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From noon July 31 through noon August 1, the Mystic Seaport Maritime Museum in Mystic, CT, held its 32nd annual Moby Dick reading marathon. Visitors were invited aboard the 19th century whaleship (and now teaching vessel) Charles W. Morgan and read Herman Melville‘s (1819-1891) nautical adventure. Read all about it here, on the Fine Books Blog.
From a never-before seen ambrotype of Jesse James to Al Capone’s diamond-encrusted watch, it’s Gangster Week over on the Fine Books Blog–come check it out!
Book overflow? Spanish artist Alicia Martin could use them. Read all about book sculptures on the Fine Books Blog.
Today is St. Patrick’s Day, meaning Irish pubs from Boston to Dublin will be busier than usual and just about everyone will be sporting some sort of good luck charm. However, if the idea of day-drinking and parade-hopping turns you green, there’s still a few ways to let your inner Irish spirit free, even from the comfort of your own library. Check out the bibliophile’s guide to St. Patrick’s Day – The Fine Books Blog
The Singing Bones, by Shaun Tan; Arthur A. Levine, $24.00, 192 pages, ages 14 and up.
Australian artist Shaun Tan has made his name creating surreal, slightly peculiar works of art with the ultimate goal of encouraging dialogue and social engagement–Tan worked on the science-fiction animated film WALL-E, for example–and in The Singing Bones he tackles the Grimm brothers’ literary canon with similar verve. Seventy-five pieces of original art are accompanied by a portion of text from obscure and beloved tales by Jacob and Wilhelm Grimm. Inspired by Inuit and pre-Columbian stone carvings, Tan’s compositions are molded of earthy, unpretentious materials–papier-mâché and air-drying clay adorned with acrylic paint and shoe polish–resulting in art that looks like it has weathered the passage of time.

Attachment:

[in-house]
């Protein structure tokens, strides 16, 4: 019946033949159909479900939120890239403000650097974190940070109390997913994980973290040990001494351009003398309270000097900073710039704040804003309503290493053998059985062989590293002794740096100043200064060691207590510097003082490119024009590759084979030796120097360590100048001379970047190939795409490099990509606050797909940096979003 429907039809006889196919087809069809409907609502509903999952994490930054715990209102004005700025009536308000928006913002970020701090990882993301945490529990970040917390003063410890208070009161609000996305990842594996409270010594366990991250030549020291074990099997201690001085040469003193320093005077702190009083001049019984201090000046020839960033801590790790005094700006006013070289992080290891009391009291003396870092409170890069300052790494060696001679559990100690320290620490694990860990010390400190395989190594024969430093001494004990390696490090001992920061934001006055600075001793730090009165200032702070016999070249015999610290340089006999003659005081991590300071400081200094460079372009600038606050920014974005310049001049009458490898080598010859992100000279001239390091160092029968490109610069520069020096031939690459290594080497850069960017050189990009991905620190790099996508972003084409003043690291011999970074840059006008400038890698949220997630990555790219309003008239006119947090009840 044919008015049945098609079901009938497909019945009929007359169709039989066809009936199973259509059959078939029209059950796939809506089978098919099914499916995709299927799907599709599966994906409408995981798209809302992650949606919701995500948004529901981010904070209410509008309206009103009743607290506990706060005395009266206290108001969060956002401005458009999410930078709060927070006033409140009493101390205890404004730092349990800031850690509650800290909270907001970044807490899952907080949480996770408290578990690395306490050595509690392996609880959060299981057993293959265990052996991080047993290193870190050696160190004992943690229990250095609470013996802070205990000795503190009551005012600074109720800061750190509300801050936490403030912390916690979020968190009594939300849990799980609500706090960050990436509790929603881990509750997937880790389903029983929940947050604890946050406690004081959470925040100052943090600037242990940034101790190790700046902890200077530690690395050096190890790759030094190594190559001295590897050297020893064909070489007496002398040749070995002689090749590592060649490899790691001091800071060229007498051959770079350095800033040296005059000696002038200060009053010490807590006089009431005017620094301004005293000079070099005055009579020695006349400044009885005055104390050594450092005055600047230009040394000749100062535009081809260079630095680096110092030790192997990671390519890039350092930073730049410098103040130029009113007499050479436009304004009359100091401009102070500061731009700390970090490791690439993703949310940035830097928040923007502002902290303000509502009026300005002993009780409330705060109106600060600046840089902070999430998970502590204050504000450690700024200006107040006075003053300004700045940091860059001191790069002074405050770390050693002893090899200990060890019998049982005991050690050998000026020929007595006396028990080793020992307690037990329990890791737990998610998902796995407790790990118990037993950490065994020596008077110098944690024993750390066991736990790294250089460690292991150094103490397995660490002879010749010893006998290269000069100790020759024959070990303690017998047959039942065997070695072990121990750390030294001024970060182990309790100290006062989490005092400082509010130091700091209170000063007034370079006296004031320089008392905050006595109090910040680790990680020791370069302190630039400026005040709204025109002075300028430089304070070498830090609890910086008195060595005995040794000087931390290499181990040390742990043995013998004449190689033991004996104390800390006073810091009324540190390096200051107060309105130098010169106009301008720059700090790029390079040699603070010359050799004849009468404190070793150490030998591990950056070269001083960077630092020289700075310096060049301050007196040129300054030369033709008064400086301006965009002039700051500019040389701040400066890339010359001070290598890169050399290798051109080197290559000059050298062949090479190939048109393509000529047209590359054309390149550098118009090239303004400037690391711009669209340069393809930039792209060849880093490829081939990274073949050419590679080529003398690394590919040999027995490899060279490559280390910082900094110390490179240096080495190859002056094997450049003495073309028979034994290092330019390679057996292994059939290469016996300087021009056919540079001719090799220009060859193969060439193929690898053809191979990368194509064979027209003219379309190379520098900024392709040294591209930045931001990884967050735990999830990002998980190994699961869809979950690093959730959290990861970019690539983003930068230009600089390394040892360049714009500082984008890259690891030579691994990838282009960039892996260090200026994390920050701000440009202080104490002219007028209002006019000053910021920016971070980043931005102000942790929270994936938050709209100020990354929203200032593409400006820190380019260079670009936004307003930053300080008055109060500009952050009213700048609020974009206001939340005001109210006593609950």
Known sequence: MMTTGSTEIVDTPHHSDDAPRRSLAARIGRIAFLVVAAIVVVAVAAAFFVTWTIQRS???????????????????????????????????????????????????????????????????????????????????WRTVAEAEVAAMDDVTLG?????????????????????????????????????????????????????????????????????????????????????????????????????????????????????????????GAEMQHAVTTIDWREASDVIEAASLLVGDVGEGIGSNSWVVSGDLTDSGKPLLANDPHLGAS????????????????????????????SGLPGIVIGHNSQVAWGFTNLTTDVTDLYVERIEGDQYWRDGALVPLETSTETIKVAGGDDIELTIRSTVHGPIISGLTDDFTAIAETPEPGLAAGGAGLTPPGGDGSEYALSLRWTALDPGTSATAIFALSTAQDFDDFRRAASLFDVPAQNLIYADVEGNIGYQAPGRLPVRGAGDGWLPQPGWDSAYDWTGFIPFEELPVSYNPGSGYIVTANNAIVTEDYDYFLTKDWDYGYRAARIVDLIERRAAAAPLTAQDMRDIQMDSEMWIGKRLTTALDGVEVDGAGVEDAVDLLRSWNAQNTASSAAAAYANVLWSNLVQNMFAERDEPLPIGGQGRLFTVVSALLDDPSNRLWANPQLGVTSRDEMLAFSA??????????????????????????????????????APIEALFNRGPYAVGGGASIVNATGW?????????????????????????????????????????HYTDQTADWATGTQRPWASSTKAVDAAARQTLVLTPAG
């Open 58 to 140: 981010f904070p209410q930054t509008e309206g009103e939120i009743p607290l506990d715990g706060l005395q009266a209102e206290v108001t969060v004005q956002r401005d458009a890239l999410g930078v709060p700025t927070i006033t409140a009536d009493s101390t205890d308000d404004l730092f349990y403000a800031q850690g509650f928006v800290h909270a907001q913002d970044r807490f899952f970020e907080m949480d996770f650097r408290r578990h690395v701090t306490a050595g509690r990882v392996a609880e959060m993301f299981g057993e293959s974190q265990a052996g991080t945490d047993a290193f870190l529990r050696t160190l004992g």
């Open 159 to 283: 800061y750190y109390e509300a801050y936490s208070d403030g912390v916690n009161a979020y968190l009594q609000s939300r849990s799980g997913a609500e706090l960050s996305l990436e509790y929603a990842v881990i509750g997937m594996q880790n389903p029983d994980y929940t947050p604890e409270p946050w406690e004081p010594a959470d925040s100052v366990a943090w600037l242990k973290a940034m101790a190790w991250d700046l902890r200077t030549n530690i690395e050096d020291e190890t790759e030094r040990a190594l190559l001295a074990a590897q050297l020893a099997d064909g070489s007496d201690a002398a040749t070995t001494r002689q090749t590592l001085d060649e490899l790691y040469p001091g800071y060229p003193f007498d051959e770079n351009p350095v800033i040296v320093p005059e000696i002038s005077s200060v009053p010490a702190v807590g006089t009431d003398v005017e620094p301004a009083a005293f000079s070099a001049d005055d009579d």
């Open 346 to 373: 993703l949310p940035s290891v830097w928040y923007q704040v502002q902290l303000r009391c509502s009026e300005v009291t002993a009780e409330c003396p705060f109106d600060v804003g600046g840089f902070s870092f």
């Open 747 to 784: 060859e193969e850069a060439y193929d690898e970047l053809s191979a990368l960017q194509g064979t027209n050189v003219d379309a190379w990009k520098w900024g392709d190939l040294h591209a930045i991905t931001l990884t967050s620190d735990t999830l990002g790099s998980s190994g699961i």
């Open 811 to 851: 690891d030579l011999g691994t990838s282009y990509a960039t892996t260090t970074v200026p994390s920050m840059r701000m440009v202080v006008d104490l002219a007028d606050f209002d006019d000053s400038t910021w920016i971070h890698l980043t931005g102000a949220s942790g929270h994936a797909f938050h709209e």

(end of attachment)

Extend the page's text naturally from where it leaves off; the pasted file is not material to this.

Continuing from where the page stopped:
Many of the selections may not be well known to contemporary readers, at least not in the forms referenced here: in “Mother Trudy” an overly inquisitive young girl is turned into a block of wood and cast upon the hearth by a witch, and Tan’s sculpture depicts a demonic-looking old creature nestled comfortably in front of a recently lit blaze. A wicked stepmother decapitates her stepson in “The Juniper Tree” and the attending artwork is a disturbingly complex rendering of multiple moments that unfold in the narrative. Snow White and her long-forgotten sister Red Rose gleefully traipse on a magical bear in another excerpt. Though summarized in an annotated index, only the basic sketch of each story is provided, encouraging readers to explore the fairy tales separately.
Reigning master of macabre Neil Gaiman and renowned fairy-tale expert Jack Zipes provide thoughtful introductions and commentary on the enduring importance of the Grimm fairy tales for our generation.
The Singing Bones is a powerful examination of the range of human emotion, and how much greater that range can be for children, if adults will allow it.